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Solar sail

Like so many ideas concerning space travel, this one has been around for decades, mostly in science-fiction stories, though it has in recent years been considered seriously as new materials become available. In 2010 the Japanese space probe IKAROS to Venus was the first spacecraft to employ a solar sail.

The idea is that a spacecraft would unfurl a huge but incredibly thin solar sail, perhaps a kilometre in diameter. The pressure of sunlight on the sail — radiation pressure — would be tiny, but it would be there. A craft massing several tonnes could accelerate to more than a kilometre per second within days, and then go on accelerating so long as it remained relatively close to the sun. It is suggested that an initial shove could be given by giant ground-based lasers (as described in Larry Niven’s novel The Mote in God’s Eye). It would even be possible to tack the craft by angling the sail. A combination of lasers and a solar sail could make it possible to send a craft anywhere within the Solar System.

The name was popularised by Arthur C Clarke, in his short story Sunjammer of 1964 (reprinted as the title story of The Wind from the Sun in 1972), though the concept in science fiction goes back at least as far as Cordwainer Smith’s The Lady who Sailed the Soul of 1960. In factual speculation it is even older: the Russian aeronautics pioneer Konstantin Tsiolkovsky and his colleague Fridrickh Tsander wrote in 1924 of “using tremendous mirrors of very thin sheets” and “using the pressure of sunlight to attain cosmic velocities”. The term itself seems to have been coined in the late 1950s by the American engineer Richard Garwin.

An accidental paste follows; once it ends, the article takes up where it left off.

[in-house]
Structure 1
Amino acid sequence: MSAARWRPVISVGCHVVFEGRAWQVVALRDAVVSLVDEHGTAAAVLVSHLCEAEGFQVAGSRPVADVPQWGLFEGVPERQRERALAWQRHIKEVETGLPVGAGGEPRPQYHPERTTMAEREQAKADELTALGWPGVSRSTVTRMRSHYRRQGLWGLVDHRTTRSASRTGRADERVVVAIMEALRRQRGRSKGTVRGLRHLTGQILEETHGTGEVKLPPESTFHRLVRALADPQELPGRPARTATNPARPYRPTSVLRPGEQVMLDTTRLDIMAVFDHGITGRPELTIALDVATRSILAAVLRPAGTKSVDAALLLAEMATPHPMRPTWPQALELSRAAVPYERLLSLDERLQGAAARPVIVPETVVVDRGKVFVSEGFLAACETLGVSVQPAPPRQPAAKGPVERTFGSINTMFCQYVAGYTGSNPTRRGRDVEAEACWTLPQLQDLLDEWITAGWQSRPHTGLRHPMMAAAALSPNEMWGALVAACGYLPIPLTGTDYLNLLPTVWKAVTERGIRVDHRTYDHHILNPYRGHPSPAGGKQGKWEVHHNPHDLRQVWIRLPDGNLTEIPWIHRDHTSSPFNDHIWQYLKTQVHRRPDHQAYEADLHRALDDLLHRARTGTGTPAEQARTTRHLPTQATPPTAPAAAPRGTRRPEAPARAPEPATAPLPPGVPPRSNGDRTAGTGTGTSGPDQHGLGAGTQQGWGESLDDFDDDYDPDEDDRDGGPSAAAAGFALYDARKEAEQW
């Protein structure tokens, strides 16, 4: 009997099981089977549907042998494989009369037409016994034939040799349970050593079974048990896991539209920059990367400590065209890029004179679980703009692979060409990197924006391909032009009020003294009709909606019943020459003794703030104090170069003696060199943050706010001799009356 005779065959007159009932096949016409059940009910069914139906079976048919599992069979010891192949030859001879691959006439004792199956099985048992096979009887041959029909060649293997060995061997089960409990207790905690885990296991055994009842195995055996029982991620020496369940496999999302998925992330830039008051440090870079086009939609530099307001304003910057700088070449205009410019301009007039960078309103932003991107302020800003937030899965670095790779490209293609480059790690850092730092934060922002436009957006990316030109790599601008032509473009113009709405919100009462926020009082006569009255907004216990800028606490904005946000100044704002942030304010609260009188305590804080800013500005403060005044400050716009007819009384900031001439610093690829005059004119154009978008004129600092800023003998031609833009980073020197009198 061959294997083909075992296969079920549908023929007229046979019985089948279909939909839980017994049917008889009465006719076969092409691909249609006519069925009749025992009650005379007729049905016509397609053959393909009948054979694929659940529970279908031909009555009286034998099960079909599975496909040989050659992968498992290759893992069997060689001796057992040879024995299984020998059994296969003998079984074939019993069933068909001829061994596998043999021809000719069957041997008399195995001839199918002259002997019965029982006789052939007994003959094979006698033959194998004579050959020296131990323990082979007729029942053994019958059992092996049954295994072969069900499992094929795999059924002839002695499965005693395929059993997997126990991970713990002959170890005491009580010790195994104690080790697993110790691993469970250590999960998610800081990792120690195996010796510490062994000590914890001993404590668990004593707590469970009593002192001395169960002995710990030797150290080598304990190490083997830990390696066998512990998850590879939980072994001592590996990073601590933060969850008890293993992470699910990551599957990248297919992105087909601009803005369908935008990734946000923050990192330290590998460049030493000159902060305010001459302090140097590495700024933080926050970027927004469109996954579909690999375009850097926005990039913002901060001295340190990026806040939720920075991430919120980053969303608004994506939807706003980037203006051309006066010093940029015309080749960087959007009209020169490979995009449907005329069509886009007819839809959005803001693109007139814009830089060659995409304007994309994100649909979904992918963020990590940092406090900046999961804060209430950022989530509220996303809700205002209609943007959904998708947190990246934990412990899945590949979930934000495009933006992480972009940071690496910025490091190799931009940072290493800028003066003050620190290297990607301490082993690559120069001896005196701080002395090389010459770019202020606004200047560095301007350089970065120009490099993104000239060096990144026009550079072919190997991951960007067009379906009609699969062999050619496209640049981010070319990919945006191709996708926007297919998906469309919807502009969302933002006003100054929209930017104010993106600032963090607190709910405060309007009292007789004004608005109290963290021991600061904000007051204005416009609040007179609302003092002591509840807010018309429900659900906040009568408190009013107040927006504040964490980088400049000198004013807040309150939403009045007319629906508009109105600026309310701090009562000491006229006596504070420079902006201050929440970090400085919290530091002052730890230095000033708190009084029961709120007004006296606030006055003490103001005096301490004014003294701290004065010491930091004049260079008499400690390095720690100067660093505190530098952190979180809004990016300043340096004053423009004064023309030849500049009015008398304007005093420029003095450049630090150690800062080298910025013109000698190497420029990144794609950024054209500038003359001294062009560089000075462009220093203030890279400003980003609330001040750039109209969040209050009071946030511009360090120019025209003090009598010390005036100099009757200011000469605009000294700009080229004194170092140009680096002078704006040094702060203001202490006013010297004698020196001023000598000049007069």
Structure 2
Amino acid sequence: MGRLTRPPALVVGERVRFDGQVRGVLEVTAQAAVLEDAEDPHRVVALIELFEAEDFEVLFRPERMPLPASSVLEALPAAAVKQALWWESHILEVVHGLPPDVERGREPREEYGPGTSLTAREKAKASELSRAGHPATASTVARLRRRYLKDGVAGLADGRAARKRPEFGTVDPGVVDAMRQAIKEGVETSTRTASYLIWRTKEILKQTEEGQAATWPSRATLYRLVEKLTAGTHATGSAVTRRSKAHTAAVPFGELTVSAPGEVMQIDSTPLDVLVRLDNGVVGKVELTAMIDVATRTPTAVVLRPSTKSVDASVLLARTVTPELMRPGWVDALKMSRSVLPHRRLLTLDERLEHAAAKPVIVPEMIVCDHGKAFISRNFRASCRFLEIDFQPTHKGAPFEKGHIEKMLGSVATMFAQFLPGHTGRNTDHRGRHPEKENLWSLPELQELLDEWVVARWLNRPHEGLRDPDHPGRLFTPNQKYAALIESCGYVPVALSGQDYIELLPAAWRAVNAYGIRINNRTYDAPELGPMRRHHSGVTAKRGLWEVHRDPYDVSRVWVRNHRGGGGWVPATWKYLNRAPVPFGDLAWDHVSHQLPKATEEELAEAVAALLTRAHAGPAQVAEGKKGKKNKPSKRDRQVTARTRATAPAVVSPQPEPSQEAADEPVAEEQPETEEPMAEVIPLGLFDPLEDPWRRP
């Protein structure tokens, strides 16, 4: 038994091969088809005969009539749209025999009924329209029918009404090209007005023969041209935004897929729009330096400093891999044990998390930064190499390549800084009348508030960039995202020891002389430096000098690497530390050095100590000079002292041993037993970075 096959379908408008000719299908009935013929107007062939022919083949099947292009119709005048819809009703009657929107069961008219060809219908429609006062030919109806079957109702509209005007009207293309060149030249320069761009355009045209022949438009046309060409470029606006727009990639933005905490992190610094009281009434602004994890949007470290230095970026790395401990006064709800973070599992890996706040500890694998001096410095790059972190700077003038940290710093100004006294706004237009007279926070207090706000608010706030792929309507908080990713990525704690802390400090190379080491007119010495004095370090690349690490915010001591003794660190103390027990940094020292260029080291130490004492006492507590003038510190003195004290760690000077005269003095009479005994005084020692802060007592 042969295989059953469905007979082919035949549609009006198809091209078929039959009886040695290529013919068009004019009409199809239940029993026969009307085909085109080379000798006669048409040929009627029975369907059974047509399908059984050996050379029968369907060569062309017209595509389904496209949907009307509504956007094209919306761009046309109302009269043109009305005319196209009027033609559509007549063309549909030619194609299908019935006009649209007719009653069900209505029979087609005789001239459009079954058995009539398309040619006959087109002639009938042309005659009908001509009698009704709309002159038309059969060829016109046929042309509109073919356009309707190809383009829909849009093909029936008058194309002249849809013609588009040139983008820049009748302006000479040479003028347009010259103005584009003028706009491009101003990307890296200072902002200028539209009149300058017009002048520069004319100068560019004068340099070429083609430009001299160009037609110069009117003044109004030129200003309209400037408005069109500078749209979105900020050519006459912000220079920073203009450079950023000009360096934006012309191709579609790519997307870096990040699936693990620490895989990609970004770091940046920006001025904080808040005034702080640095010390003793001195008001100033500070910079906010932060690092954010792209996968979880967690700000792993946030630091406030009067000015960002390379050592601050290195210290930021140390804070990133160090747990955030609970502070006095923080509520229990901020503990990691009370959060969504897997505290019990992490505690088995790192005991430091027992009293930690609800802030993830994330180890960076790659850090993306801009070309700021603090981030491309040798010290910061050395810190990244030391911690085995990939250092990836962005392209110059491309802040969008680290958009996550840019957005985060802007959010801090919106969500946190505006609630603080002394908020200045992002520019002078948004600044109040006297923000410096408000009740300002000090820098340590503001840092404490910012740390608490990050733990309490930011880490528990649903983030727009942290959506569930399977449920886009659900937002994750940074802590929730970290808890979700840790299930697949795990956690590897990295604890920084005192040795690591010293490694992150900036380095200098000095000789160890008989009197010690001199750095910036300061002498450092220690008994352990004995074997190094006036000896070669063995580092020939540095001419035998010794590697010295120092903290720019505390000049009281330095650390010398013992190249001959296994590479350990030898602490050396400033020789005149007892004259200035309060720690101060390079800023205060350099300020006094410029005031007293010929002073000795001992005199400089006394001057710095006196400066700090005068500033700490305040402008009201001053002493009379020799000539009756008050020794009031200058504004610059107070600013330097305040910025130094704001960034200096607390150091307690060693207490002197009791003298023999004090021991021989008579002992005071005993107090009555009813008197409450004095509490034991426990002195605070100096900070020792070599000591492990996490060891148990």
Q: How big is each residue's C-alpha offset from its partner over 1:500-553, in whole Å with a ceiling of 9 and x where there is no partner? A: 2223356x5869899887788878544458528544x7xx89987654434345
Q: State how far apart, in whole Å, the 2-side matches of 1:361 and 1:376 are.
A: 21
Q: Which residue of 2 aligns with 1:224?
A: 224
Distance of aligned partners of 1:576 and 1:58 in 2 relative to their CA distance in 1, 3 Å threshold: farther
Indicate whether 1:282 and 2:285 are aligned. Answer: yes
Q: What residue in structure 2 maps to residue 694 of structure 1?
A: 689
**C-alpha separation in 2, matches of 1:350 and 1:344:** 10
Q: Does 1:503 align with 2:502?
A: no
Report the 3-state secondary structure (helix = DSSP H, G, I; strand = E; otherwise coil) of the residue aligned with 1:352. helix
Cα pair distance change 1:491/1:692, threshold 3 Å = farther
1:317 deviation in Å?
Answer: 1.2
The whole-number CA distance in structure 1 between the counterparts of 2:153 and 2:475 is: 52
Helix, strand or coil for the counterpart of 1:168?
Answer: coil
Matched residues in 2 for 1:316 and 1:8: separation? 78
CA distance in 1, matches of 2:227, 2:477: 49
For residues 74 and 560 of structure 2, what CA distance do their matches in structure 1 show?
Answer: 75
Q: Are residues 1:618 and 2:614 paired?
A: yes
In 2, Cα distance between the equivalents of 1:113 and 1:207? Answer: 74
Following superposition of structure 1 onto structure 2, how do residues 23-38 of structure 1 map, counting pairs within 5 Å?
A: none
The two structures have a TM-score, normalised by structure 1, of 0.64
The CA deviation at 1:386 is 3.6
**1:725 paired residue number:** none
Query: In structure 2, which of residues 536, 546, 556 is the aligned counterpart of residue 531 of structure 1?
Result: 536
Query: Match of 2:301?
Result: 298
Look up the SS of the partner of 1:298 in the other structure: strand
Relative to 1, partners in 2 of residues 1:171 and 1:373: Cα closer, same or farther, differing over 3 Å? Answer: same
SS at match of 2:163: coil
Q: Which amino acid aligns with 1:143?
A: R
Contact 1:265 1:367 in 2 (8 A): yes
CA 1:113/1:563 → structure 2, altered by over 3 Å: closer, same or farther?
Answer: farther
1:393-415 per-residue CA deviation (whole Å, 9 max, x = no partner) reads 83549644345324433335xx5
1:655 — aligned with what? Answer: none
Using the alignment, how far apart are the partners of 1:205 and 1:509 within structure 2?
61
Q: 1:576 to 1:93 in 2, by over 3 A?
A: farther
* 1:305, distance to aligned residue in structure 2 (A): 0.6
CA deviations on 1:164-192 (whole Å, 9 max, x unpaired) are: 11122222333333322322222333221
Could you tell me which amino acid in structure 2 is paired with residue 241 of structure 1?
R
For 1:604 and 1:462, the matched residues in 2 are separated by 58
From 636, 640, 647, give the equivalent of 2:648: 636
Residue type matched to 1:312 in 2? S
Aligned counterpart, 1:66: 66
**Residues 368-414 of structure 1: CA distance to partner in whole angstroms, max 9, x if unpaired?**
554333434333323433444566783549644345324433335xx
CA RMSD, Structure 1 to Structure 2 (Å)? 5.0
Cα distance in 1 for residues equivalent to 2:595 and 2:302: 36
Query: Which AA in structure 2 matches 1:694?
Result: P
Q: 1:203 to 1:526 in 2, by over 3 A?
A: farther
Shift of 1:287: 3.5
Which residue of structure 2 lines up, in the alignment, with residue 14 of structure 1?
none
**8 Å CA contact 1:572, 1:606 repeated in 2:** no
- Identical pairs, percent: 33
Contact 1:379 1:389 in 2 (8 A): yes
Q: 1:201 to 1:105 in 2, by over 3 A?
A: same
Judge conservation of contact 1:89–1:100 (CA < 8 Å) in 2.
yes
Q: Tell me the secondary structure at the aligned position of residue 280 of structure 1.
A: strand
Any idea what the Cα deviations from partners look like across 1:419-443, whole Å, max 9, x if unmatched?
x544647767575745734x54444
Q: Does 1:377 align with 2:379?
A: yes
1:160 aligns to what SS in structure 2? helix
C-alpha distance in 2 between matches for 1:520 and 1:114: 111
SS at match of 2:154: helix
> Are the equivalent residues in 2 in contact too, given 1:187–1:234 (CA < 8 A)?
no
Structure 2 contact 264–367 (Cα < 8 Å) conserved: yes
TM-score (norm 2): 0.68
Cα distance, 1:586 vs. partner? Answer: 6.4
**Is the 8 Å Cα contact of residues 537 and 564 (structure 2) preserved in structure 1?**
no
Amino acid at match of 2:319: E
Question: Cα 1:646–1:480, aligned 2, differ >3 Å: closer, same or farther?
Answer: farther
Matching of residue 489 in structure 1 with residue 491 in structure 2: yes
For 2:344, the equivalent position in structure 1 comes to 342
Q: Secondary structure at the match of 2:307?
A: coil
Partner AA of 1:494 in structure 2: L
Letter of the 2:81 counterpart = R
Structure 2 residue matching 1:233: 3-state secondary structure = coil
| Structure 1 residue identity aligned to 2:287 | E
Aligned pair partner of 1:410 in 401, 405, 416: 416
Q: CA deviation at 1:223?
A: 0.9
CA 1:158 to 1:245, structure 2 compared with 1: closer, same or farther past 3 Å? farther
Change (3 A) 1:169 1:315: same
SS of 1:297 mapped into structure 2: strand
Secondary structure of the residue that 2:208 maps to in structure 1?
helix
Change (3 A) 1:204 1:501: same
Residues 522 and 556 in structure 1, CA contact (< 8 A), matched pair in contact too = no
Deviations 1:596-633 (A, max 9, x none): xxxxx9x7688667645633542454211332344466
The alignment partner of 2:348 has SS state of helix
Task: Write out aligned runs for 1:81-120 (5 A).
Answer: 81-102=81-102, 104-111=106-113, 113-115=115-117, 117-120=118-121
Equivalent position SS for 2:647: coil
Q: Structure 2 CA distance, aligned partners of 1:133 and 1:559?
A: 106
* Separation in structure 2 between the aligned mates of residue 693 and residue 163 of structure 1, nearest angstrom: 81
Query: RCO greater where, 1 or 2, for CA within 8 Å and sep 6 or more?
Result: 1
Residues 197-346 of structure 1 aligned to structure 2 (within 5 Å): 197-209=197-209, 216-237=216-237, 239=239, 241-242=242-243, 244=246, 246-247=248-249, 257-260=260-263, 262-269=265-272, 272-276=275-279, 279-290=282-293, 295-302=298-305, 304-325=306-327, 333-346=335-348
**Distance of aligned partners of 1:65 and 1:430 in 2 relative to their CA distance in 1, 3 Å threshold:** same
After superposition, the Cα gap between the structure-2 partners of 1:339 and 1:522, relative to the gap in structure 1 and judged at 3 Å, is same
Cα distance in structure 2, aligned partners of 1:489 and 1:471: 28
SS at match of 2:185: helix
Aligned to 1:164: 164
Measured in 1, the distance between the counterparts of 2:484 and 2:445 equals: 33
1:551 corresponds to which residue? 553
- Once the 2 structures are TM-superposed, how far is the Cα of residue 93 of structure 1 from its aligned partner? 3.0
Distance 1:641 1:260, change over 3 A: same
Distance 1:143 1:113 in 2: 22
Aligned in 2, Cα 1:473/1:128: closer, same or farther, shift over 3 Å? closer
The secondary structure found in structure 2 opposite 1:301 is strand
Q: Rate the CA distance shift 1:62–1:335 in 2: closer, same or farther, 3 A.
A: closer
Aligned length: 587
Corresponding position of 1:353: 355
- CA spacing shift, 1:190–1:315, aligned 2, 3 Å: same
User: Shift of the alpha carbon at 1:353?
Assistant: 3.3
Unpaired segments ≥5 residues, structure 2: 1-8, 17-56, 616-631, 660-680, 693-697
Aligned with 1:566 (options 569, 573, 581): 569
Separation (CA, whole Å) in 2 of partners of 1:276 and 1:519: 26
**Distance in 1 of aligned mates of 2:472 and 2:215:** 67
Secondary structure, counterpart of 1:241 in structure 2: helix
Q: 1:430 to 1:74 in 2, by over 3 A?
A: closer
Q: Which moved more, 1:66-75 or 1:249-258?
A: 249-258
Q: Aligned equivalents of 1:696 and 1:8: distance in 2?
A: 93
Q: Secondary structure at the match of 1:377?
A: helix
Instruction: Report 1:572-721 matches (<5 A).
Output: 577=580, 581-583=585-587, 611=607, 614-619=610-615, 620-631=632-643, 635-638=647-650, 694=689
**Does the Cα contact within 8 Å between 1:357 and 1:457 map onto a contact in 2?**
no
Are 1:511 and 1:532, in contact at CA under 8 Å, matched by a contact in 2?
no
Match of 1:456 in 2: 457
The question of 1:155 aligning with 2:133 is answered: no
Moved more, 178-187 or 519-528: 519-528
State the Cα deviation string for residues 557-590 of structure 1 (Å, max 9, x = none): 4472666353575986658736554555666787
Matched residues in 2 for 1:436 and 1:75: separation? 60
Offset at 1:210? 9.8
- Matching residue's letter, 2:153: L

Ed Gabris, a senior engineer at NASA, wrote: “Solar sailing is more than a science fiction fantasy. NASA used solar sailing to increase the experiment time for the Mercury Mariner spaceprobe in 1974-75. The ‘sail’ was the spacecraft’s solar panels. And by controlling the attitude of the spacecraft and the angle of the solar panels to the sun, the operations team was able to cause the spacecraft to visit Mercury several times more than would have been possible with the on-board liquid propulsion system”.

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Copyright © Michael Quinion, 1996–. All rights reserved.
Page created 12 Aug. 2000
Last updated: 7 Jan. 2012

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The English language is forever changing. New words appear; old ones fall out of use or alter their meanings. World Wide Words tries to record at least a part of this shifting wordscape by featuring new words, word histories, words in the news, and the curiosities of native English speech.

World Wide Words is copyright © Michael Quinion, 1996–. All rights reserved.
This page URL: http://www.worldwidewords.org/turnsofphrase/tp-sol2.htm
Last modified: 7 January 2012.